Woman doing Yoga in sunset with blog title superimposed

We’re one day into the new year.

Be honest: how are those resolutions going?

I had a conversation with someone yesterday who was committed to being healthy in the new year but was already leery of how close Valentine’s Day was.

On new years day, they were worried about how a holiday 45 days in the future, was going to effect today.

Less than one day.

That’s exactly how long it took to waiver on their commitment.

Don’t Be A Statistic

According to some research, upwards of80 percent of us will fail at our new year resolutions by February. Our commitments to eat better, sleep more, focus on the right things, exercise, and spend more time with loved ones are often token words.

We know the right answer, but we fail to experience the transformation we long for.

Why?

First, there is a lack of clarity. “Losing weight” is pretty vague. Instead, plan on losing “ten pounds by March 1.” It’s clear, definable, and action-oriented.Woman doing Yoga in sunset with blog title superimposed

Second, it’s an arbitrary date. While January 1 looks nice, it’s no more an effective date July 7 or September 10. In fact, based on the (usually) poor weather conditions and limited sunlight, it may actually be a worse time to start your goals.

Third, those committed to self-improvement do it as soon as they discover a weakness. In my work with high-performers, I can always tell the level of seriousness in a potential client by how they treat their self-improvement. Those who are ready usually take little to no prompting from me. We’ll talk about a subject, figure out an action plan, and they are off and running. In contrast, those that take a while to decide, need to spend some time “thinking about it” or “will get back to me” never actually make real change. They like the idea of change, they know they should change, but they rarely (if ever) do.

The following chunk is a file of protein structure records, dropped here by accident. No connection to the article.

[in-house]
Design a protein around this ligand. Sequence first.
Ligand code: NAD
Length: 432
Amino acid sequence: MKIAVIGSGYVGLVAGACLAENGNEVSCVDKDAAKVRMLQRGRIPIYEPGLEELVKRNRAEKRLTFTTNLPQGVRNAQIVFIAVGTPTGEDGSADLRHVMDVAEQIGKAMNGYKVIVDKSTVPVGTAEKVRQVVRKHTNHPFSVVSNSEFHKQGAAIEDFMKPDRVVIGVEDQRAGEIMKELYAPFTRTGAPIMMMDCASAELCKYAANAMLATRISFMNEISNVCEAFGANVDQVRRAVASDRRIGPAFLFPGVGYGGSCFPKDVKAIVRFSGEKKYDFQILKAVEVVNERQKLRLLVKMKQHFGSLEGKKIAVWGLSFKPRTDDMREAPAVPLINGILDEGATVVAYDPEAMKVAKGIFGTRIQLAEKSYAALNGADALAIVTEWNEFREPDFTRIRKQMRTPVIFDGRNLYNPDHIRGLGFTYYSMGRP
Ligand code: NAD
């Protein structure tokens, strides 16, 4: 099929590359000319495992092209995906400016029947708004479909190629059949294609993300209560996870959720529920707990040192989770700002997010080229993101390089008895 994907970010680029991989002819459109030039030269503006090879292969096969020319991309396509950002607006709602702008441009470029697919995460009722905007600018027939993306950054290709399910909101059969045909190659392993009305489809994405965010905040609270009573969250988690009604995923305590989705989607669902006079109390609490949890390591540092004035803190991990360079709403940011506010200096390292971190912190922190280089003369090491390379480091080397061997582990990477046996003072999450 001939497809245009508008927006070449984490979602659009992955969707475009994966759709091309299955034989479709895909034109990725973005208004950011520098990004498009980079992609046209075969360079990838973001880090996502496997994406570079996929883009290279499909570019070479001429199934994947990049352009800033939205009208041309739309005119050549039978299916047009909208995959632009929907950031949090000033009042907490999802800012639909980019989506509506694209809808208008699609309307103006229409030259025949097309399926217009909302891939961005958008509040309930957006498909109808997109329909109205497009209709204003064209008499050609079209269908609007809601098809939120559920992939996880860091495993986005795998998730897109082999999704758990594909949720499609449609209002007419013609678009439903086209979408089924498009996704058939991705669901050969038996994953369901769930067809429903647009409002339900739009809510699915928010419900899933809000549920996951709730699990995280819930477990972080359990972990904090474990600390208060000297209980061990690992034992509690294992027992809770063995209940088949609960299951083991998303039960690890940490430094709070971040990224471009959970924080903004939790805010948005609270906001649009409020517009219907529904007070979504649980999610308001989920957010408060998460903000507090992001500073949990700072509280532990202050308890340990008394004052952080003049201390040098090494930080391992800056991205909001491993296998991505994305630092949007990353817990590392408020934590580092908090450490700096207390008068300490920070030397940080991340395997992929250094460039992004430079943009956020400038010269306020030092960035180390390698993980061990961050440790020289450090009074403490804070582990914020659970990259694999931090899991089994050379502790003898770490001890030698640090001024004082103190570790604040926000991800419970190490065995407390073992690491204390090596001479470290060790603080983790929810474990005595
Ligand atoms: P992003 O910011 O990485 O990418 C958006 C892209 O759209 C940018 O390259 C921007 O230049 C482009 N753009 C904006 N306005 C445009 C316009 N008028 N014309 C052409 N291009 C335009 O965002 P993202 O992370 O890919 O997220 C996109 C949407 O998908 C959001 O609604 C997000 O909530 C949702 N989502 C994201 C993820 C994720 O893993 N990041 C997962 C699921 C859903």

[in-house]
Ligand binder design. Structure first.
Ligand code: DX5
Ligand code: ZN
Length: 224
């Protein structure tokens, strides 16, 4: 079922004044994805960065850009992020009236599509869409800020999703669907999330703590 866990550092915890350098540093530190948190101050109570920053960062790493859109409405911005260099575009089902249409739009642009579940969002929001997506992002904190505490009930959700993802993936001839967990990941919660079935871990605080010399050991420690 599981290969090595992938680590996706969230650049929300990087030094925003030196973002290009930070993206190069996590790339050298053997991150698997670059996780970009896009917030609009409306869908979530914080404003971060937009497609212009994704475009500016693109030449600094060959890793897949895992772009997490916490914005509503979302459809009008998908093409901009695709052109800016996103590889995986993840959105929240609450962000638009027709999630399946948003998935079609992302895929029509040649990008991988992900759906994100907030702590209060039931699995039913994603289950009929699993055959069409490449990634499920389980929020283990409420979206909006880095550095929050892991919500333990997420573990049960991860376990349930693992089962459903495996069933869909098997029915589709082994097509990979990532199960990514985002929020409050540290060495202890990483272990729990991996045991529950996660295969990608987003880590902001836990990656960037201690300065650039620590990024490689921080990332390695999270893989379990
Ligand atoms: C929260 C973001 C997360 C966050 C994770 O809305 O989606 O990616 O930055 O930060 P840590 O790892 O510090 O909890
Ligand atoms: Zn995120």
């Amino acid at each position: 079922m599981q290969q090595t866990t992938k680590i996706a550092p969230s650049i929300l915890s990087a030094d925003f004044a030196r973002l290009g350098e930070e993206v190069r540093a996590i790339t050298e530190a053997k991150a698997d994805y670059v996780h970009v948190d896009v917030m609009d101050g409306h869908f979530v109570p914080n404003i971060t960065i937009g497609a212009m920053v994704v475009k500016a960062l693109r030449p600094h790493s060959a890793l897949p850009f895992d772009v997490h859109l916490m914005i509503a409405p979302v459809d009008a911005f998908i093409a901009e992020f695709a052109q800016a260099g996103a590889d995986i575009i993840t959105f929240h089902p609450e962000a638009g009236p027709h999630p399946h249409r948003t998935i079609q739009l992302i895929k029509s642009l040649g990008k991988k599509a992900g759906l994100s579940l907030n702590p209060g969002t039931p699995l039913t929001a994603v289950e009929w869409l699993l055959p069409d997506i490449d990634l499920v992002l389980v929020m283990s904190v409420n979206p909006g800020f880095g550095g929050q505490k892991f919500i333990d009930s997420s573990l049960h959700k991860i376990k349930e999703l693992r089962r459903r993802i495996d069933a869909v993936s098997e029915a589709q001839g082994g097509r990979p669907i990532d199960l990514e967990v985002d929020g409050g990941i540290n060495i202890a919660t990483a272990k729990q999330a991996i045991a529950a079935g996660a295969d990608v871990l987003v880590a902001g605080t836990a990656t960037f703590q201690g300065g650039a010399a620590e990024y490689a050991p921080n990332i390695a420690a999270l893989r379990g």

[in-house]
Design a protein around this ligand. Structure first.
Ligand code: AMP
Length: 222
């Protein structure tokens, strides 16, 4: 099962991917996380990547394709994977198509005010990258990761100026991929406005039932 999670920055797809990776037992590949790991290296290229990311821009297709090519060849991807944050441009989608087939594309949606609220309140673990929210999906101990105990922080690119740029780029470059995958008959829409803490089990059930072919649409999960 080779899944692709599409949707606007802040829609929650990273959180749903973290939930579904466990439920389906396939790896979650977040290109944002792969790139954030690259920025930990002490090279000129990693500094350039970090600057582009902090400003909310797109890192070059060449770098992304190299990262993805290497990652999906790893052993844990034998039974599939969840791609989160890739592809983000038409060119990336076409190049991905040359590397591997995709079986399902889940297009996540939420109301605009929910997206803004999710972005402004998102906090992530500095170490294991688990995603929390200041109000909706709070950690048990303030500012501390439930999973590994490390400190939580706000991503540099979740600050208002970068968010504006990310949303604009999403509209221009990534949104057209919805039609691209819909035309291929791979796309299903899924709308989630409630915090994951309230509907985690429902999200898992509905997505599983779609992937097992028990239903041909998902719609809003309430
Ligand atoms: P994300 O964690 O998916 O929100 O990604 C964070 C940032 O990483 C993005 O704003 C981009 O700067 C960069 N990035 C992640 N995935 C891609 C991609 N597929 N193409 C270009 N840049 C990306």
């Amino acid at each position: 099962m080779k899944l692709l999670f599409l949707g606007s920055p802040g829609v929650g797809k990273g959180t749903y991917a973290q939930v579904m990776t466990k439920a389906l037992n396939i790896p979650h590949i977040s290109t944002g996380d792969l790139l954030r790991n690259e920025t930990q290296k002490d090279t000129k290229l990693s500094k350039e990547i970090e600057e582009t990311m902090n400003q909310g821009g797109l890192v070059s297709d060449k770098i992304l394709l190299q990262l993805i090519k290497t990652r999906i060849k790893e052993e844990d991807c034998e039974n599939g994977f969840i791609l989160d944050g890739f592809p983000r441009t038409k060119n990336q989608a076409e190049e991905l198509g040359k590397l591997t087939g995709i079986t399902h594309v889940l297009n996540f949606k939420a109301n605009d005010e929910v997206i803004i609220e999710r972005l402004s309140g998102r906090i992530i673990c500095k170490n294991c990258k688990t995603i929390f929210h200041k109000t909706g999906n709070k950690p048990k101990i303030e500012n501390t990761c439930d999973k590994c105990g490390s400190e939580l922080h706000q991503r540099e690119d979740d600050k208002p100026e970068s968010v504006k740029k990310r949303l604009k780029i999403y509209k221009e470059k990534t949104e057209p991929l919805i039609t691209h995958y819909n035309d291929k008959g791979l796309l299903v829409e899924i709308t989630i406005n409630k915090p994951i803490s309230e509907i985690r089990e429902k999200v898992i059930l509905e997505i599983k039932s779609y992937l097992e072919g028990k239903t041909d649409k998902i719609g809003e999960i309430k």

Think Different

In August of 1997, Steve Jobs urged us to “Think Different.” 

It worked for Apple. It works for us too.

If you want to be someone that breaks the trend of failed new years resolutions, here are my top three tips to “Think Different” and experience success.

1.) Set clear, definable goals.

2.) Do one thing every day to get better.

3.) Get clear on your why, not just your what.

While it may have taken my friend one day to falter, that doesn’t have to be the case with you. 

Be the exception.

Be different.

Think different.

Do different.

Experience Success.

 

Blog Post Title: Leadership Health and Integrity Part 2

Spiritual and Emotional Health in Leaders

The spiritual and emotional health of leaders is a necessary component of holistic health. 

We’re in the middle of a series on leadership health. Want to catch up? Part 1 is here.

Spiritual Health

Healthy leaders engage in ancient practices of development, often called spiritual disciplines. Times of quiet reflection, meditation, prayer, rest, and community discernment are a few examples.

An example of leadership spiritual growth is a hobby. Hobbies are those life-giving activities that serve as a reflection of our unique personality. Hunting, fishing, reading, flying drones, calligraphy. 

Need help? I did. Go here. Blog Post Title: Leadership Health and Integrity Part 2

In fact, I found that is often the case for high performing leaders. Engrossed in work and personal development (for the sake of further accomplishment), high performing leaders have a hard time unplugging and engaging in activities with no real goal or purpose other than enjoyment.

I’ve used comments like, “I have fun when I’m winning.” That’s enormously frustrating to people who are playing to have fun. (And vice versa).

Other similar phrases include:

  • I don’t know what to do with downtime.
  • I’m not bringing too much work with me, I’m on vacation.
  • My hobbies include winning and getting better.

(I may or may not have said all of these….) 😬

But spiritual health is rooted in calling and it is about the full development of a person’s humanity. Below, is a partial list of spiritual practices and disciplines to help you grow.

Practices for Spiritual Development:

  • Prayer
  • Journaling
  • Meditation
  • Scripture Reading
  • Gratitude and Thankfulness
  • Fasting
  • Sabbath Rest
  • Singing
  • Silence
  • Solitude

Have others? Leave a comment and let others know how to grow in spiritual health.

Emotional Health in leaders

Emotional health is the next step to fruitful and productive leadership. In my experience, this is the most neglected area of health. The emotional health of a person sits in the unique field of being almost completely internal in nature through past experiences, while also being almost completely externally visible through actions, perceptions, and relationships.